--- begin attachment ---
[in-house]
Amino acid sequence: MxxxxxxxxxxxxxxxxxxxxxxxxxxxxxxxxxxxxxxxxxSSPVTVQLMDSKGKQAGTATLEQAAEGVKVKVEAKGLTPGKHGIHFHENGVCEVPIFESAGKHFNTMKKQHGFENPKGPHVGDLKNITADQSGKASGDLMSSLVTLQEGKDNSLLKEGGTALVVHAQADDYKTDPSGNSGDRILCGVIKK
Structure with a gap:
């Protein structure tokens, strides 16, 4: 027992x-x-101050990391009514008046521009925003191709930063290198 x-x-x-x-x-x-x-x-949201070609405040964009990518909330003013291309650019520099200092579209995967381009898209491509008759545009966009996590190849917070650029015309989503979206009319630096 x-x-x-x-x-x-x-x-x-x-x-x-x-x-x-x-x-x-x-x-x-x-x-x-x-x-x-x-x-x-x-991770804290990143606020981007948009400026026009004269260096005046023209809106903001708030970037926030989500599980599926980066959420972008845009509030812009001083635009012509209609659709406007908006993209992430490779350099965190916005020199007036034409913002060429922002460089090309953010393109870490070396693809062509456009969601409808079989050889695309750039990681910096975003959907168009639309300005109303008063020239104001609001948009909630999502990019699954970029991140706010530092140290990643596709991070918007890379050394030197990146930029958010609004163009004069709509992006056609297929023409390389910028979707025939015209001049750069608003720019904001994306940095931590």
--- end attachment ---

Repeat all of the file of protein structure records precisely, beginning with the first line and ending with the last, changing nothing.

[in-house]
Amino acid sequence: MxxxxxxxxxxxxxxxxxxxxxxxxxxxxxxxxxxxxxxxxxSSPVTVQLMDSKGKQAGTATLEQAAEGVKVKVEAKGLTPGKHGIHFHENGVCEVPIFESAGKHFNTMKKQHGFENPKGPHVGDLKNITADQSGKASGDLMSSLVTLQEGKDNSLLKEGGTALVVHAQADDYKTDPSGNSGDRILCGVIKK
Structure with a gap:
């Protein structure tokens, strides 16, 4: 027992x-x-101050990391009514008046521009925003191709930063290198 x-x-x-x-x-x-x-x-949201070609405040964009990518909330003013291309650019520099200092579209995967381009898209491509008759545009966009996590190849917070650029015309989503979206009319630096 x-x-x-x-x-x-x-x-x-x-x-x-x-x-x-x-x-x-x-x-x-x-x-x-x-x-x-x-x-x-x-991770804290990143606020981007948009400026026009004269260096005046023209809106903001708030970037926030989500599980599926980066959420972008845009509030812009001083635009012509209609659709406007908006993209992430490779350099965190916005020199007036034409913002060429922002460089090309953010393109870490070396693809062509456009969601409808079989050889695309750039990681910096975003959907168009639309300005109303008063020239104001609001948009909630999502990019699954970029991140706010530092140290990643596709991070918007890379050394030197990146930029958010609004163009004069709509992006056609297929023409390389910028979707025939015209001049750069608003720019904001994306940095931590």